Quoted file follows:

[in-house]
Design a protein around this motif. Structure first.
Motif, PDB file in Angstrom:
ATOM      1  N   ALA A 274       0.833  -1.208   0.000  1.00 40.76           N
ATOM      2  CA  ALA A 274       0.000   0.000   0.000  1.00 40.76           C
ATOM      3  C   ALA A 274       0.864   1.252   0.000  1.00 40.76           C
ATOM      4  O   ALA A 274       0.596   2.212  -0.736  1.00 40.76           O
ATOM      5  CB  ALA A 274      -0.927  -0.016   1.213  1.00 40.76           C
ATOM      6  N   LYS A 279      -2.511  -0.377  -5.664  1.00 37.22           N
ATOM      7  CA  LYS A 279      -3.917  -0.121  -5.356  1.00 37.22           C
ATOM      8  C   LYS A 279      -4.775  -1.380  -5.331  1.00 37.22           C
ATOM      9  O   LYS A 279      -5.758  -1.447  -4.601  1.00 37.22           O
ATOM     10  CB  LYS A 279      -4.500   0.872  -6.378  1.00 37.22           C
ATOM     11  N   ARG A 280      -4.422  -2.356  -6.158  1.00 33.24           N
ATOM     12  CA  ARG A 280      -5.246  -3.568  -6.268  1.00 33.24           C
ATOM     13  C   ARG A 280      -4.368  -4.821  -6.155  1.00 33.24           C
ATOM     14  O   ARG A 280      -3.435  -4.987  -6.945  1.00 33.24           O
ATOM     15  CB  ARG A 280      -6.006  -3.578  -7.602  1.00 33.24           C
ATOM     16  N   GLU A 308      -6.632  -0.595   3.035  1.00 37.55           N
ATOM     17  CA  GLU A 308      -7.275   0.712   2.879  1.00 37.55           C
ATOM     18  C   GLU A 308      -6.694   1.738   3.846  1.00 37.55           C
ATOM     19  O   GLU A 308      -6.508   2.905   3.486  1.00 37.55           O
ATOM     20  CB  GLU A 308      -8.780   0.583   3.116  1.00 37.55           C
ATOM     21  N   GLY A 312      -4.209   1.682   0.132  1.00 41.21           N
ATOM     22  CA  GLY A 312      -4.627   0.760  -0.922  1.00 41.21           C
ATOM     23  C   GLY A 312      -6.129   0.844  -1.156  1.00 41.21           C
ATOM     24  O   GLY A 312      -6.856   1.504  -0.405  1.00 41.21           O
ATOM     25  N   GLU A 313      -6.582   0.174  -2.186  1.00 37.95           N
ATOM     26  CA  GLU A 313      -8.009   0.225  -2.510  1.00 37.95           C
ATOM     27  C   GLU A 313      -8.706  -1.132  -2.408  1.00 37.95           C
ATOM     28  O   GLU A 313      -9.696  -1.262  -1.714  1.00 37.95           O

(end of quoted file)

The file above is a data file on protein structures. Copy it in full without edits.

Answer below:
[in-house]
Design a protein around this motif. Structure first.
Motif, PDB file in Angstrom:
ATOM      1  N   ALA A 274       0.833  -1.208   0.000  1.00 40.76           N
ATOM      2  CA  ALA A 274       0.000   0.000   0.000  1.00 40.76           C
ATOM      3  C   ALA A 274       0.864   1.252   0.000  1.00 40.76           C
ATOM      4  O   ALA A 274       0.596   2.212  -0.736  1.00 40.76           O
ATOM      5  CB  ALA A 274      -0.927  -0.016   1.213  1.00 40.76           C
ATOM      6  N   LYS A 279      -2.511  -0.377  -5.664  1.00 37.22           N
ATOM      7  CA  LYS A 279      -3.917  -0.121  -5.356  1.00 37.22           C
ATOM      8  C   LYS A 279      -4.775  -1.380  -5.331  1.00 37.22           C
ATOM      9  O   LYS A 279      -5.758  -1.447  -4.601  1.00 37.22           O
ATOM     10  CB  LYS A 279      -4.500   0.872  -6.378  1.00 37.22           C
ATOM     11  N   ARG A 280      -4.422  -2.356  -6.158  1.00 33.24           N
ATOM     12  CA  ARG A 280      -5.246  -3.568  -6.268  1.00 33.24           C
ATOM     13  C   ARG A 280      -4.368  -4.821  -6.155  1.00 33.24           C
ATOM     14  O   ARG A 280      -3.435  -4.987  -6.945  1.00 33.24           O
ATOM     15  CB  ARG A 280      -6.006  -3.578  -7.602  1.00 33.24           C
ATOM     16  N   GLU A 308      -6.632  -0.595   3.035  1.00 37.55           N
ATOM     17  CA  GLU A 308      -7.275   0.712   2.879  1.00 37.55           C
ATOM     18  C   GLU A 308      -6.694   1.738   3.846  1.00 37.55           C
ATOM     19  O   GLU A 308      -6.508   2.905   3.486  1.00 37.55           O
ATOM     20  CB  GLU A 308      -8.780   0.583   3.116  1.00 37.55           C
ATOM     21  N   GLY A 312      -4.209   1.682   0.132  1.00 41.21           N
ATOM     22  CA  GLY A 312      -4.627   0.760  -0.922  1.00 41.21           C
ATOM     23  C   GLY A 312      -6.129   0.844  -1.156  1.00 41.21           C
ATOM     24  O   GLY A 312      -6.856   1.504  -0.405  1.00 41.21           O
ATOM     25  N   GLU A 313      -6.582   0.174  -2.186  1.00 37.95           N
ATOM     26  CA  GLU A 313      -8.009   0.225  -2.510  1.00 37.95           C
ATOM     27  C   GLU A 313      -8.706  -1.132  -2.408  1.00 37.95           C
ATOM     28  O   GLU A 313      -9.696  -1.262  -1.714  1.00 37.95           O